The Seeds I’ve Been Tweeting About

And the plant they come from.

The other day, the red Mexican Bird of Paradise plant outside my office window began shooting its seeds. Since then, I’ve been collecting them.

I like the seeds. They’re like pretty little rocks. The plant throws them all over the area at the end of its growing season, but they seldom sprout. They’re just too hard.

Butterfly in Mexican Bird of ParadiseThe red Mexican Bird of Paradise is a low-water plant that’s popular in Arizona. We have two of them on a drip irrigation system in our front yard. They grow slowly until the nighttime temperatures warm up, then grow like weeds. At the height of the season, they fill with red and yellow flowers. As shown here, the flowers attract butterflies in addition to the hummingbirds that are always attracted to red.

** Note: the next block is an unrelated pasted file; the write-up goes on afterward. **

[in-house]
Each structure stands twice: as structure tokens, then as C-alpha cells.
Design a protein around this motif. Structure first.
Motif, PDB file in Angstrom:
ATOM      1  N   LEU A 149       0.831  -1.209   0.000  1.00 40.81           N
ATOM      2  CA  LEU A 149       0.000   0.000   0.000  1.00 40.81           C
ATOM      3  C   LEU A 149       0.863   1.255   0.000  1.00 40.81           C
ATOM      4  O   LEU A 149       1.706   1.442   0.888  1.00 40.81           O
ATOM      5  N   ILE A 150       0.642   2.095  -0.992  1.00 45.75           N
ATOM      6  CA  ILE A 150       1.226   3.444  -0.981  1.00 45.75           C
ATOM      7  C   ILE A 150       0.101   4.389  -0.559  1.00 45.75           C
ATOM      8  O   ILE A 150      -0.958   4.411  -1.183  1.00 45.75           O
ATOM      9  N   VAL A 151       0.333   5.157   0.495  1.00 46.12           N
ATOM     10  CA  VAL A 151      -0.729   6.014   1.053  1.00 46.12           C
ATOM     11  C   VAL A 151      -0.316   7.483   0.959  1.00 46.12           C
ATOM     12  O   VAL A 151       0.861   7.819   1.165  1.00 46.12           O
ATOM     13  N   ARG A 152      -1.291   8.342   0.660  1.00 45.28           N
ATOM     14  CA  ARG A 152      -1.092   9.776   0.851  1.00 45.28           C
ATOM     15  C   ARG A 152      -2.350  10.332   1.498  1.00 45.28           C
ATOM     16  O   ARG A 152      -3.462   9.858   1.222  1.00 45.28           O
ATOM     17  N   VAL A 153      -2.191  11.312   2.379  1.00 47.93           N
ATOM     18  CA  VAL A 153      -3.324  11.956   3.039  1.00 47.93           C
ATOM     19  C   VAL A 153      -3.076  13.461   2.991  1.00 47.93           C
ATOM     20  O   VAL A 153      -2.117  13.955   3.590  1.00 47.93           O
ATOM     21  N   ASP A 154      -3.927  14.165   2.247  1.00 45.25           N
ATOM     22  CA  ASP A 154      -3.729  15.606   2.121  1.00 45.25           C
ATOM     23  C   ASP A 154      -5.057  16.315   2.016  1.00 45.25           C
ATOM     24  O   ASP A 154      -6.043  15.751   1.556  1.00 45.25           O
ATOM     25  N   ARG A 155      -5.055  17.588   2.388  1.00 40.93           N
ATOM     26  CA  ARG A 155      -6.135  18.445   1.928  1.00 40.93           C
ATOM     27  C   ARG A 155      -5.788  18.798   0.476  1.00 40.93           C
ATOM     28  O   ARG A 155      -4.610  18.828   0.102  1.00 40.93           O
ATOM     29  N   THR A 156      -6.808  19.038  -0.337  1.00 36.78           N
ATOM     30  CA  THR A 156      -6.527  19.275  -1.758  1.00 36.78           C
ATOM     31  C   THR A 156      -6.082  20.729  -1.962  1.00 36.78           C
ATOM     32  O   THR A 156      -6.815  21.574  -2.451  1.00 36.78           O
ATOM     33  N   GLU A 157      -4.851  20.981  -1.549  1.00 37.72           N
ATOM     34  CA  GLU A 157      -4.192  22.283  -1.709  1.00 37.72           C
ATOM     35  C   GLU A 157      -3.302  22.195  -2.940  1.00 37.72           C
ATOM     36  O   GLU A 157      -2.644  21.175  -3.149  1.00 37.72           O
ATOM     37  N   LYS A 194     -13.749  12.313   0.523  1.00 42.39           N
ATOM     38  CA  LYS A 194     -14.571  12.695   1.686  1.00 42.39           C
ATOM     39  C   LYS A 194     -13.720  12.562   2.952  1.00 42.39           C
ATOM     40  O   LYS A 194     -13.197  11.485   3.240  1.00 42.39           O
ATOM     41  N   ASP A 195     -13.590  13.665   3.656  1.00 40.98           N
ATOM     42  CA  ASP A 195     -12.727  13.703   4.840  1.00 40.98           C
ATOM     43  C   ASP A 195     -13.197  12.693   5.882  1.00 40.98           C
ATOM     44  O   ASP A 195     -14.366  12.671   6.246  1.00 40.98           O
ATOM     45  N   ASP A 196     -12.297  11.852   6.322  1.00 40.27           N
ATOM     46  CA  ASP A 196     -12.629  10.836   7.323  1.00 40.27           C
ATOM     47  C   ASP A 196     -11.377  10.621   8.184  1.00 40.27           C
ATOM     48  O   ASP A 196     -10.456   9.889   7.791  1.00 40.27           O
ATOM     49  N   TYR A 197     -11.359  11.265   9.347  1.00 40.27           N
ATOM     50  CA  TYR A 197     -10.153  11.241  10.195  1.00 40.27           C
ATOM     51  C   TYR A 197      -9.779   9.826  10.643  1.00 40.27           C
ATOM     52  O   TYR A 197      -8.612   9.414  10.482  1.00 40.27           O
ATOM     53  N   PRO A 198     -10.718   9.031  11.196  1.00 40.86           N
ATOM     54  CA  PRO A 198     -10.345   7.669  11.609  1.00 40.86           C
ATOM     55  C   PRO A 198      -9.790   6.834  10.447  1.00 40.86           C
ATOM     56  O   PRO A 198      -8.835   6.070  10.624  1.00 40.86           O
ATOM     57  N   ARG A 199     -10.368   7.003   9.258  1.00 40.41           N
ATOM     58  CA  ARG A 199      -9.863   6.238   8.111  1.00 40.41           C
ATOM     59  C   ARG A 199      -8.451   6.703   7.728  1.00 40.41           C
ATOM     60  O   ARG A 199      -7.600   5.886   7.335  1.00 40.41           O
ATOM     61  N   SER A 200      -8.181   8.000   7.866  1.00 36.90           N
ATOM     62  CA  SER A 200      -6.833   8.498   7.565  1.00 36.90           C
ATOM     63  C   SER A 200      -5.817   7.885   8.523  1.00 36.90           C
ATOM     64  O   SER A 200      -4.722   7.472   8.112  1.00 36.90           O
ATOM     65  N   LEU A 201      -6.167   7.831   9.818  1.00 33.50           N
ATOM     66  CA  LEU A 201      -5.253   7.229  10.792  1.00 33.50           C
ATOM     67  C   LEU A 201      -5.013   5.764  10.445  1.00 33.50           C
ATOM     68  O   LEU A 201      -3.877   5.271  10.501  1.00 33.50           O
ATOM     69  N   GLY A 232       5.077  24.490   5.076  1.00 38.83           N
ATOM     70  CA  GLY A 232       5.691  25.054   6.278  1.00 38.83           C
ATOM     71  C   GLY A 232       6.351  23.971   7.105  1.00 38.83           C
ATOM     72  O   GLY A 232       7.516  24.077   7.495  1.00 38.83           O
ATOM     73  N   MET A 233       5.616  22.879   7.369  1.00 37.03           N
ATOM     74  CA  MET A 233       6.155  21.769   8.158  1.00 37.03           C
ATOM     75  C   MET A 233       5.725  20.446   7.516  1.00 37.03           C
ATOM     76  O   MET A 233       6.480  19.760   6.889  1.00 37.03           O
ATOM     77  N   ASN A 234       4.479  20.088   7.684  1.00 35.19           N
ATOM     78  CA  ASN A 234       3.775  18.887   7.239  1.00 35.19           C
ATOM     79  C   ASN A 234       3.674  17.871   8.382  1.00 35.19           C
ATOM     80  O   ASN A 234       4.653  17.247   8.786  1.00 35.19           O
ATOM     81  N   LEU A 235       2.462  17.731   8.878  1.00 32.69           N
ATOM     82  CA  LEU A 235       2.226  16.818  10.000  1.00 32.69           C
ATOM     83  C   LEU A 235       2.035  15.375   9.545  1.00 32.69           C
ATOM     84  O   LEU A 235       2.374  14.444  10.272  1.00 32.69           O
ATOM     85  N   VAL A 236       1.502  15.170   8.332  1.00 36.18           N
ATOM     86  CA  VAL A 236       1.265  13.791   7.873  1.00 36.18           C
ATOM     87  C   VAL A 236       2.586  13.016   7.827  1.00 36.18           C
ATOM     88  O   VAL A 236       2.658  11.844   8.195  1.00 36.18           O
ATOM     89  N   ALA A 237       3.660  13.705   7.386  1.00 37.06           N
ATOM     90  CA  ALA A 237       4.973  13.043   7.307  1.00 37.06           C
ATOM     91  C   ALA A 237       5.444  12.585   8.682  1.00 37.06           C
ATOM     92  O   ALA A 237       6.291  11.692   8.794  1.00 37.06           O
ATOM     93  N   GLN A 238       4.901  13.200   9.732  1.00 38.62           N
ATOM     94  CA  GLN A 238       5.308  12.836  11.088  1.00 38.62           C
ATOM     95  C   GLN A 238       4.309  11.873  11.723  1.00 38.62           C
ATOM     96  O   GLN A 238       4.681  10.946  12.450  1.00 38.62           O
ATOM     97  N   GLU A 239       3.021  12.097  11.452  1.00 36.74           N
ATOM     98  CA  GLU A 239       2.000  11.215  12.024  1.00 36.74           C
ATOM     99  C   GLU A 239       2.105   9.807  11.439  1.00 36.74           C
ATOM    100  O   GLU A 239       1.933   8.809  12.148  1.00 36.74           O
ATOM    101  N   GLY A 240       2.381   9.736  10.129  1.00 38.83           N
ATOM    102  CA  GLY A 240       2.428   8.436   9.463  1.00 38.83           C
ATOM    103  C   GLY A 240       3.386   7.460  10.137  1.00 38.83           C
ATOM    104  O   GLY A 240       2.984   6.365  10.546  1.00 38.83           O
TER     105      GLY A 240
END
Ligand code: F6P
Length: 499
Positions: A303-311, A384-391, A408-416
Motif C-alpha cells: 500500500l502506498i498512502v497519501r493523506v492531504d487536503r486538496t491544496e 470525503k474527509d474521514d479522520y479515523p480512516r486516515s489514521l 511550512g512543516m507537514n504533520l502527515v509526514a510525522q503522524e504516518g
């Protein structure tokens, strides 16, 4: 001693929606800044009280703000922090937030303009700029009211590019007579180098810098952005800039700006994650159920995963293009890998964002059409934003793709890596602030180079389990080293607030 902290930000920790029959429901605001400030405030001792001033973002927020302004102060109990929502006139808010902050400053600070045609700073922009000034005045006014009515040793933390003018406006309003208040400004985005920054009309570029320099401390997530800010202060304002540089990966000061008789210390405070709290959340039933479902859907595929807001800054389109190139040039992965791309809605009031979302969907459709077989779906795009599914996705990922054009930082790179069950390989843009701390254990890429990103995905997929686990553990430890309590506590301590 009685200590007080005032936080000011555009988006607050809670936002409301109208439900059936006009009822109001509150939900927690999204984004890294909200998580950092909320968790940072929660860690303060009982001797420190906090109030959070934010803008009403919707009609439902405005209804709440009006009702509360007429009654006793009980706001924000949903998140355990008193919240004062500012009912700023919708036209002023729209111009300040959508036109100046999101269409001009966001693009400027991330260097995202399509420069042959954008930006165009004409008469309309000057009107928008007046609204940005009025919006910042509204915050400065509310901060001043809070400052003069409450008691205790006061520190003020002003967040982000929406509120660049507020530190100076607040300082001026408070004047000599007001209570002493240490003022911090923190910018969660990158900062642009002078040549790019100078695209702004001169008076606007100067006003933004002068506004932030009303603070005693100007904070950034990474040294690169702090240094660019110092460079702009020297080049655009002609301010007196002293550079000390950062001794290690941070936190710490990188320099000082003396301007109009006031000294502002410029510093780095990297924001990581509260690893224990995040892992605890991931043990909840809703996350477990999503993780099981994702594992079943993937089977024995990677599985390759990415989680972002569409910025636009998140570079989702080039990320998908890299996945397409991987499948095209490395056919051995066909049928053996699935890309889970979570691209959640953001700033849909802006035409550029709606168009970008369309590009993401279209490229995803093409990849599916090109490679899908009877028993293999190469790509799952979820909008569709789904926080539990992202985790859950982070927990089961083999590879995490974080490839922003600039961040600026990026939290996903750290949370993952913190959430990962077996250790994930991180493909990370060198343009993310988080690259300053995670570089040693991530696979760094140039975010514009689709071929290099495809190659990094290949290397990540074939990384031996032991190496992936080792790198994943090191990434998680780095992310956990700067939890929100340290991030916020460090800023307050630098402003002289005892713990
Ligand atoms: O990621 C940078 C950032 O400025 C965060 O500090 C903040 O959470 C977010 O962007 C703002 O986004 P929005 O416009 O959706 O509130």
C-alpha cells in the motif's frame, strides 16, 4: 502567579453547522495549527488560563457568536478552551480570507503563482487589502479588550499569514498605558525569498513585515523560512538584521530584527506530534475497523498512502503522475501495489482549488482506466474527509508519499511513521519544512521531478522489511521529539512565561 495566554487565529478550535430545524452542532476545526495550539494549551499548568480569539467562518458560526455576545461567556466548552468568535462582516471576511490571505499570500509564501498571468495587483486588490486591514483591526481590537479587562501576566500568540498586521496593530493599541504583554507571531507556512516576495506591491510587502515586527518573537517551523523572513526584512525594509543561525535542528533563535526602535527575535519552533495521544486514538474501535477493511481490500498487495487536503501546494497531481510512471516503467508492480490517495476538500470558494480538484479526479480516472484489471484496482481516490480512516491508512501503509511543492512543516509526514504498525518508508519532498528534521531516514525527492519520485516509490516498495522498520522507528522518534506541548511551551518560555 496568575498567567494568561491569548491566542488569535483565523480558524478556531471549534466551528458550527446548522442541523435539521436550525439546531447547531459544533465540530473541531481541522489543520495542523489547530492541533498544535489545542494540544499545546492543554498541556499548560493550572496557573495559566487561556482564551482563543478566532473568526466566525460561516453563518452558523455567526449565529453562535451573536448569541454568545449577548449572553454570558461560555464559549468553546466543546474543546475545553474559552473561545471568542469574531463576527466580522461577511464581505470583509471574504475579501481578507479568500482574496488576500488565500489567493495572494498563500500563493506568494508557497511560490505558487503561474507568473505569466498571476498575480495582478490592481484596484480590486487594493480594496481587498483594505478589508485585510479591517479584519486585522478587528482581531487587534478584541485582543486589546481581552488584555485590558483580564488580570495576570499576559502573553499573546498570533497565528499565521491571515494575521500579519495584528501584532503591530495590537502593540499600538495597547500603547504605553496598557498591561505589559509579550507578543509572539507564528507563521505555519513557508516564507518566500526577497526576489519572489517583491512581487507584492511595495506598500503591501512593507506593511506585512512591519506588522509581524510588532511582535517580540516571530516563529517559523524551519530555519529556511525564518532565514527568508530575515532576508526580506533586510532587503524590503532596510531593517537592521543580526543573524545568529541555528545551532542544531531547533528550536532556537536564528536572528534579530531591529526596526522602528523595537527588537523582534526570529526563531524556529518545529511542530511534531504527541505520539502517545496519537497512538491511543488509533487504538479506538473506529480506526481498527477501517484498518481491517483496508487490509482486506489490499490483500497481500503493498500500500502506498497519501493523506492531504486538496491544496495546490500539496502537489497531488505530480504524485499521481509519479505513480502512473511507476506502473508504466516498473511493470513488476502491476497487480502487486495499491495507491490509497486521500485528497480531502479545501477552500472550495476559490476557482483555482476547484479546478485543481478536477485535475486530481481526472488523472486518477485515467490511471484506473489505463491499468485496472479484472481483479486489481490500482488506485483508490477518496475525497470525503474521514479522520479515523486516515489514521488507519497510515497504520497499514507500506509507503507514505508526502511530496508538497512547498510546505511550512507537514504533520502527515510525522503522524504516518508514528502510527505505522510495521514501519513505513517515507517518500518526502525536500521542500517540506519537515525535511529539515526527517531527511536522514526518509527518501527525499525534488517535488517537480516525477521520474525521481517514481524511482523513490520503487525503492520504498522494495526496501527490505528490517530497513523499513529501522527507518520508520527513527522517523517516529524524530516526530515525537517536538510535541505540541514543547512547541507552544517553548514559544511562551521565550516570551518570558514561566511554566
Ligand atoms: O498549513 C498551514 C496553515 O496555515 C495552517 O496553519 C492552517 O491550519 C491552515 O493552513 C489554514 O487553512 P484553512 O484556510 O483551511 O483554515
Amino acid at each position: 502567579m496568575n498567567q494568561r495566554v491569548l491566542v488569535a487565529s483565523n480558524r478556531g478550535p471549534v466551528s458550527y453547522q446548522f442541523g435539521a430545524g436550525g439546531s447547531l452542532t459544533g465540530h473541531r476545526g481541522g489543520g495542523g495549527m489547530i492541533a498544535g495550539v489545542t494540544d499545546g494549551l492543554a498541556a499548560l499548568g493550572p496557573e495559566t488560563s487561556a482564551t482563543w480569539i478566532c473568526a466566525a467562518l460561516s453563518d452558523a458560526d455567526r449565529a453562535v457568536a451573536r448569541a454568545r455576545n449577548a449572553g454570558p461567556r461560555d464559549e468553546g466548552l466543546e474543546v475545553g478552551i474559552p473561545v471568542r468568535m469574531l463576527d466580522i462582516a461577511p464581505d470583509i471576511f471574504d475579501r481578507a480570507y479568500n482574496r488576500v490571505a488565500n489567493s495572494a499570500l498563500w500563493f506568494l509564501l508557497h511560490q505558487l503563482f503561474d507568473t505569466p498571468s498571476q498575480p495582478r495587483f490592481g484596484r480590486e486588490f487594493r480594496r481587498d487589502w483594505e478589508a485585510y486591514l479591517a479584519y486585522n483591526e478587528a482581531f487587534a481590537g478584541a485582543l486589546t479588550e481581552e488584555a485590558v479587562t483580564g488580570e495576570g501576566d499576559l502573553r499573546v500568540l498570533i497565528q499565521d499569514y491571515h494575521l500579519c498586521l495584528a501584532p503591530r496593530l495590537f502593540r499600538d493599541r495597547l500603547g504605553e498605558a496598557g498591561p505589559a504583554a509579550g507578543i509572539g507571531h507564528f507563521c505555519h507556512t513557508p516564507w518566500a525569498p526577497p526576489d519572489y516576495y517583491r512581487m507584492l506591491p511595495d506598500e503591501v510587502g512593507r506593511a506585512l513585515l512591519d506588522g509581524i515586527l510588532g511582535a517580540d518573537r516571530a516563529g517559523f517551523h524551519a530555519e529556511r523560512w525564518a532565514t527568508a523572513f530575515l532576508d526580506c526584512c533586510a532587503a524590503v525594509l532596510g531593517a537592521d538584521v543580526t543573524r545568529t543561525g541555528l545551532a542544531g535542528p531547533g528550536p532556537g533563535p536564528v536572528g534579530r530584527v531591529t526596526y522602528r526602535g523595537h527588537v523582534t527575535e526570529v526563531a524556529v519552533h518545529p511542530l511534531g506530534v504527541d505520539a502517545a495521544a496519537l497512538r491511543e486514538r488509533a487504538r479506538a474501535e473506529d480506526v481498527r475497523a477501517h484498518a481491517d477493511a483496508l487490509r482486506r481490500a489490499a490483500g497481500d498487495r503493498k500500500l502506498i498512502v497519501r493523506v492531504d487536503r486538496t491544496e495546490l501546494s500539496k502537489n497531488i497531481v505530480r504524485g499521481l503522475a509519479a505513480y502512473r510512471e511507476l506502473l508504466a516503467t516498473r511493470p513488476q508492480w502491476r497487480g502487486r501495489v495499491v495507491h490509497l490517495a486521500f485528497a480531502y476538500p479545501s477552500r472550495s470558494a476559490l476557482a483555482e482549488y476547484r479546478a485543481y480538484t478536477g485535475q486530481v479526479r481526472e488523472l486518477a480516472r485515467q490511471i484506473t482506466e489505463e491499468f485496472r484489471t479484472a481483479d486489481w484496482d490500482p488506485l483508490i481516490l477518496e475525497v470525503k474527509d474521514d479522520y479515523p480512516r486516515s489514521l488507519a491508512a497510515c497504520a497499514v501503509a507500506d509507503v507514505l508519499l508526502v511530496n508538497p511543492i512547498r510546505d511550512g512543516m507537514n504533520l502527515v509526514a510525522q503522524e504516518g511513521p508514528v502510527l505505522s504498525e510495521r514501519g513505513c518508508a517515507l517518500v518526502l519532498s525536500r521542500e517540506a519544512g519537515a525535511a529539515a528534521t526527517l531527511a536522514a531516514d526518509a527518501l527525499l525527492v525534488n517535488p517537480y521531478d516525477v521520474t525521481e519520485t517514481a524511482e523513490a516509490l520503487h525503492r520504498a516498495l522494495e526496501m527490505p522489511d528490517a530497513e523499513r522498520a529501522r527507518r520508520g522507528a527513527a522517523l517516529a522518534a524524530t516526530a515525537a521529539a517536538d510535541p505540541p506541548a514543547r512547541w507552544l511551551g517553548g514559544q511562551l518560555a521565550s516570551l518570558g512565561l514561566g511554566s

Time passes. The flowers fade and seed pods appear. You can see an example of one on the far left in the photo below. The seeds in the pods fatten up. Then the seeds and pods dry out. The pods split on their seams, twisting as they break apart, shooting the seeds all over. You can see a recently split pod in the middle in the photo below; there are still two seeds stuck in it. I collect the seeds because I like the way they look. There’s a bunch of them in the photo on the far right. They’re about the size of a very large pea.

Seed Pods

Red Mexican Bird of Paradise SeedsA close-up of the seeds reveals tiny imperfections and cracks. But don’t let the cracks fool you. These seeds are as hard as tiny rocks. That makes them difficult to germinate. So despite the fact that hundreds of them drop in our front yard each autumn, we’ve only had two plants sprout from seeds.

When the seeds are all dispersed and the nights get cold, the plant loses its leaves. In the dead of winter, it looks like a bunch of ugly sticks. In the spring, before things start to grow, we cut them back to a few inches above the ground. Then, as it warms, the entire cycle of life begins again.

What do you think?